Reading about hospice care and spirituality.
During my eight years as a hospice registered nurse case manager, I have brought together what I believe to be an excellent collection of reading for the lay person about death and dying and spirituality. Because I truly believe that our American culture is sorely in need of some education in the area of death and dying, I would like to share with you my list of favorites from my personal library.
In Final Gifts, Maggie Callanan and Patricia Kelley describe, in a very sensitive and interesting way, what happens to dying patients in the weeks and months preceding our final transition. I recommend this book to many of my families who indicate to me a desire to know more about what to expect as their loved ones begin their journey to the hereafter.
How We Die: Reflections on Life's Final Chapter is written by a physician, Sherwin B. Nuland, who, in fairly simple terms, presents a clear picture of several disease processes that eventually end in our demise. He also shares various philosophies and theories about why we age and die. In my work, I frequently teach other nurses, new hospice volunteers, and various lay persons about hospice, and this is one book I always recommend.
At Home with Dying: A Zen Hospice Approach, written by Merrill Collett, who worked with a Buddhist hospice in San Francisco, gives the reader common, everyday, tips on how to interact with and care for someone who has a chronic, terminal illness. It contains sections dealing with setting up the bedroom, eating, feeding, toileting, as well as an interesting section called, Dying: A Scenario.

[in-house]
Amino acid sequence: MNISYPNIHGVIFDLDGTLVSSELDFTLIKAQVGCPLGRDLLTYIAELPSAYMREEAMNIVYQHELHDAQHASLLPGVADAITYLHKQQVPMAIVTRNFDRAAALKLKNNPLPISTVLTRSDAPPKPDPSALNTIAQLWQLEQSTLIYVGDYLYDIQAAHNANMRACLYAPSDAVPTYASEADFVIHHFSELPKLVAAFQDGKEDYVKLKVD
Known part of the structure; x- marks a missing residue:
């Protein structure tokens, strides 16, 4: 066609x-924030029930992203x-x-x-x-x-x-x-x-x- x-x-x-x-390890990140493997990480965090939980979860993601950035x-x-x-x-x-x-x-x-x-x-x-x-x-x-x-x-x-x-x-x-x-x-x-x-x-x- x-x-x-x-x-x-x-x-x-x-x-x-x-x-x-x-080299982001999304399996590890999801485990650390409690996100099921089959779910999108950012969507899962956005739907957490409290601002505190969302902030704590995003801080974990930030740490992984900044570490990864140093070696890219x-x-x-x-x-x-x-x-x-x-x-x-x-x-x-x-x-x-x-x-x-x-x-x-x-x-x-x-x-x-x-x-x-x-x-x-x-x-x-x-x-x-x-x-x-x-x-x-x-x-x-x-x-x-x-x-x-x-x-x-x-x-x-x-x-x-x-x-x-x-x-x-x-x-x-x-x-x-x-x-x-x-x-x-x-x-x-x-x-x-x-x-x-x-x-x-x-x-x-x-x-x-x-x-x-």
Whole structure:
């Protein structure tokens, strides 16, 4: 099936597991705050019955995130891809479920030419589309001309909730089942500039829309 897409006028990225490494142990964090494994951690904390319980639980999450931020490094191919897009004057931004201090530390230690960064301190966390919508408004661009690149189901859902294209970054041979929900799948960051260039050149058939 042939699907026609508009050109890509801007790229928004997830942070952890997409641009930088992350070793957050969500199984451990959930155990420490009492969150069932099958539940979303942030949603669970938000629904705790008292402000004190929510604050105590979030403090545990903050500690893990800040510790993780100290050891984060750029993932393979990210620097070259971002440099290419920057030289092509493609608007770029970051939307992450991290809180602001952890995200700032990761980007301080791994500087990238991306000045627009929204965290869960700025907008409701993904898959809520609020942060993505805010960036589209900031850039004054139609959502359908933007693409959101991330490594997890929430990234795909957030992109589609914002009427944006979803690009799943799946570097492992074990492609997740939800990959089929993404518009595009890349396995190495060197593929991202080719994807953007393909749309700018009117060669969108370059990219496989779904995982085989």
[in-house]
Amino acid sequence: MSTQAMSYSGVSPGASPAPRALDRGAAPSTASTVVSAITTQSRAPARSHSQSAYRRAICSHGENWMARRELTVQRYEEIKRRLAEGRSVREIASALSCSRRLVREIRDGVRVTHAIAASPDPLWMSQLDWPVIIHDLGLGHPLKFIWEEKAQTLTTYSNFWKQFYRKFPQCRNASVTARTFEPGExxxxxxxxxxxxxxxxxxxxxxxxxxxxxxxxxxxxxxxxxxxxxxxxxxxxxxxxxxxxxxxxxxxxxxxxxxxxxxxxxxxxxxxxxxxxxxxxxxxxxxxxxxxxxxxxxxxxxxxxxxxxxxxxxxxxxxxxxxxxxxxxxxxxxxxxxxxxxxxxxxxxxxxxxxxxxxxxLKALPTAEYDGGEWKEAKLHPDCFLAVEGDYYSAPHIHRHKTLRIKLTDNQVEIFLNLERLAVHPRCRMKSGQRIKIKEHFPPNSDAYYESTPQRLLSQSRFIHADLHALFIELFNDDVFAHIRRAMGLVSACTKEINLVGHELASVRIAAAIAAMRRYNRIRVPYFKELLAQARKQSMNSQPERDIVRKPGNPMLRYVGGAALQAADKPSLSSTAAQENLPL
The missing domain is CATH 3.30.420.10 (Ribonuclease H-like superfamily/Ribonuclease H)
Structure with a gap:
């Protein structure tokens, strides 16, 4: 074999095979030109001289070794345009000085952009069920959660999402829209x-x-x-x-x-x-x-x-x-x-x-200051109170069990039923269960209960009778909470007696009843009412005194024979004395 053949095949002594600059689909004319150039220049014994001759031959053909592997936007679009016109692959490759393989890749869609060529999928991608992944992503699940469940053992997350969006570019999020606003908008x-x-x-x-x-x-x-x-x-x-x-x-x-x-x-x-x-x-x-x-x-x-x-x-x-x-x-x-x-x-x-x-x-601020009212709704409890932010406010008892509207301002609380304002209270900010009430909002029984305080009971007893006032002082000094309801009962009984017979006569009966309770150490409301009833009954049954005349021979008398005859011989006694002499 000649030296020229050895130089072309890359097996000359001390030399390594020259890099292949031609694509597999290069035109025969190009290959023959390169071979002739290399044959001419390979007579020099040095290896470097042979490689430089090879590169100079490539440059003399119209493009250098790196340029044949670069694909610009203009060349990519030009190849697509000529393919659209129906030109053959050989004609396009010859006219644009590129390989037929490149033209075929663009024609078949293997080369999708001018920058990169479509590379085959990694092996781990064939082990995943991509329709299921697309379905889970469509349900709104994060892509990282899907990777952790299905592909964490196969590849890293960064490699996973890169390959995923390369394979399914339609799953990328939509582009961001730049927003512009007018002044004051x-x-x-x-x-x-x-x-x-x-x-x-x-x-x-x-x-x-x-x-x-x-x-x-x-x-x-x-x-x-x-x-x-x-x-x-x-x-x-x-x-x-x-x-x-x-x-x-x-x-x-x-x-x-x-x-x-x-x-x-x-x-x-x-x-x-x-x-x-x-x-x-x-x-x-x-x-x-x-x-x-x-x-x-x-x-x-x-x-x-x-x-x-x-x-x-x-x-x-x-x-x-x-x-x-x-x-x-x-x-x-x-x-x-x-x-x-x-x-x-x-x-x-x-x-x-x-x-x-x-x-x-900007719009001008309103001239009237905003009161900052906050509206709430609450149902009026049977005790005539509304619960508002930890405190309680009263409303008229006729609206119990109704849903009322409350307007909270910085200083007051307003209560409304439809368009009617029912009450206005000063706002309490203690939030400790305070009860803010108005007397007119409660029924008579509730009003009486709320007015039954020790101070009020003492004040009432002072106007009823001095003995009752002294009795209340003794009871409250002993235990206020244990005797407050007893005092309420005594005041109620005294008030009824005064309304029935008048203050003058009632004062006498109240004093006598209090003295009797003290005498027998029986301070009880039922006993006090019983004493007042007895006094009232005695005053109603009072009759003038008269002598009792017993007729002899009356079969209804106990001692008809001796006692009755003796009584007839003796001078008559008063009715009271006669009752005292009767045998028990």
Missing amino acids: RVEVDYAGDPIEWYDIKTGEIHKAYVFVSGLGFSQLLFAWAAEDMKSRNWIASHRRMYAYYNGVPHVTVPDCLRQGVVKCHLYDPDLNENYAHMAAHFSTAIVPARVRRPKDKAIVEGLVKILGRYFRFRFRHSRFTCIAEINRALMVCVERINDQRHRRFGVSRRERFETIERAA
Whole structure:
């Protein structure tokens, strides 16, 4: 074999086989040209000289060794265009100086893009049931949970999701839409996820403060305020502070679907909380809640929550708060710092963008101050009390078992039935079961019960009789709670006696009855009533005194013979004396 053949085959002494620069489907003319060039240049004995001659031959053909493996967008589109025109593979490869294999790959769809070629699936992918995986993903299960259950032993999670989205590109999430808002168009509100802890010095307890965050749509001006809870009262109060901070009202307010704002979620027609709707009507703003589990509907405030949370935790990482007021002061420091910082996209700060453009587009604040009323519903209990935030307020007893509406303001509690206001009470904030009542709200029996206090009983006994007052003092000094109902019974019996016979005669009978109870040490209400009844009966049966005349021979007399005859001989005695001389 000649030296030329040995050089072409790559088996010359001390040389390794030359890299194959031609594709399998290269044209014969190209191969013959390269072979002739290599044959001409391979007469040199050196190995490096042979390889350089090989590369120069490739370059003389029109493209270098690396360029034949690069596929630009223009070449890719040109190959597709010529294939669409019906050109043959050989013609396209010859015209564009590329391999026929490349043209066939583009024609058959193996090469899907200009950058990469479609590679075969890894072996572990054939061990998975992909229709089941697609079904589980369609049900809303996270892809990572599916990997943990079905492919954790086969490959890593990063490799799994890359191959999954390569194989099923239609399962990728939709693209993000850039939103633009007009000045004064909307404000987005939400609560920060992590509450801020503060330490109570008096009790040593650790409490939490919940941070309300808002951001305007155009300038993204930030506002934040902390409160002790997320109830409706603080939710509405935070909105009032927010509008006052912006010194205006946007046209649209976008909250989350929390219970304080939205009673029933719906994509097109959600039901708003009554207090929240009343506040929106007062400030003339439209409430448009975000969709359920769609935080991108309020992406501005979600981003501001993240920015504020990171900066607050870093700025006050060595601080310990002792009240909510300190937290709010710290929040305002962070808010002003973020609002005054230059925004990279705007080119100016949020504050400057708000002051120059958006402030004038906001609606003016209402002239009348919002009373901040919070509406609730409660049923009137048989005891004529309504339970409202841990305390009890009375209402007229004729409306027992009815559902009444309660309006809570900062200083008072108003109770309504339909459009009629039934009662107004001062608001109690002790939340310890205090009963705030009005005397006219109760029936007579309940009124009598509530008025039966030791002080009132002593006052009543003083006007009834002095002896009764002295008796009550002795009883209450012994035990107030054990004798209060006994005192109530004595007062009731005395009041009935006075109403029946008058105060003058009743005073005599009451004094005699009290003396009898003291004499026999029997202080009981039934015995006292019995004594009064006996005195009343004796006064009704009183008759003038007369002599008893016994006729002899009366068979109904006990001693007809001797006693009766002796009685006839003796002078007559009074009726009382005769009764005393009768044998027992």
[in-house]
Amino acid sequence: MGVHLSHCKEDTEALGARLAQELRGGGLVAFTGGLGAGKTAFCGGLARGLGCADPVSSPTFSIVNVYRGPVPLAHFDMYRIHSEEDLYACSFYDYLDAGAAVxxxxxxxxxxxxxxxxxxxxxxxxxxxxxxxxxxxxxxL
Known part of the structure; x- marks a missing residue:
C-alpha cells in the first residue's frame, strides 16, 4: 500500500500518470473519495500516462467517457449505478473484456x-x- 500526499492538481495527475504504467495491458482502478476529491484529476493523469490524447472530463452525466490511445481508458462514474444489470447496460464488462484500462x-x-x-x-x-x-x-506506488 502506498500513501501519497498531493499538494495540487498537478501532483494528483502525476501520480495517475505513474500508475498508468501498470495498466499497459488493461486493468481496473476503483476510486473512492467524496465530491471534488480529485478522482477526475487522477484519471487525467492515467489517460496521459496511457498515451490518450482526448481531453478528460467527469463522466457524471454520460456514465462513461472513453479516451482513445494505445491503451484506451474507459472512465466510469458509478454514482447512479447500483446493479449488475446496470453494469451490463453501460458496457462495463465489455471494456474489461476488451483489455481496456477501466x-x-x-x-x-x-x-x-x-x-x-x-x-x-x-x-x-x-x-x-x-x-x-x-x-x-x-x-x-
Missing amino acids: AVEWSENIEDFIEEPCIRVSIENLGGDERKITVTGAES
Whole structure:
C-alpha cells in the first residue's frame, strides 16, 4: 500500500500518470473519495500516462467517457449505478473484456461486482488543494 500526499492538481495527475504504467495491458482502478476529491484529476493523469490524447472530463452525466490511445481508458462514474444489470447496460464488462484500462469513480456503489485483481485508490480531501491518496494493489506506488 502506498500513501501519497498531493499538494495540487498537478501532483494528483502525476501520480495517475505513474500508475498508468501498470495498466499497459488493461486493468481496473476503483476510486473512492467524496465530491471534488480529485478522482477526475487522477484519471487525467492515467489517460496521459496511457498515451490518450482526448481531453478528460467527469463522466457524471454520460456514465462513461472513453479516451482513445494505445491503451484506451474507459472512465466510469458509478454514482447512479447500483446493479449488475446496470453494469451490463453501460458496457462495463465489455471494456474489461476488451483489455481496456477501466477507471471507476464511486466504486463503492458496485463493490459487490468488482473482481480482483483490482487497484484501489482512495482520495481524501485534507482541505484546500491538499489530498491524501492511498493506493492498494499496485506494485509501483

Megory Anderson wrote Sacred Dying: Creating Rituals for Embracing the End of Life, a book dealing with ways families and loved ones can make a person's last days and hours a time of peace and comfort. Her suggestions provide numerous ways that caregivers can participate in providing a peaceful transition for their loved ones at a time when they often feel useless and helpless.
Handbook for Mortals: Guidance for People Facing Serious Illness by Lynn and Harrold gives very practical steps and activities that will prepare someone or the family, especially in the areas of finances or medical decisions, for the final days.
Making Friends with Death: A Buddhist Guide to Encountering Mortality by Judith L. Lief continues to be amongst my favorites. This book offers a non-Christian perspective on what to expect at the time of death and how we can begin now to prepare ourselves for the inevitable. The Buddhist tradition has studied death and dying and suffering for hundreds of years and, as a result, has gathered deep wisdom that is worth looking into.
The American Book of Dying by Richard E. Groves and Henriette Anne Klauser gives many examples of the deaths of contemporary people who became aware of their spiritual pain as they began living their last chapters of this life. It is a very interesting read, especially since each example gives detailed methods for looking at spiritual pain and working through those issues that tend to hold people back from what Groves calls a "happy death." He emphasizes that learning how to die teaches us how to live.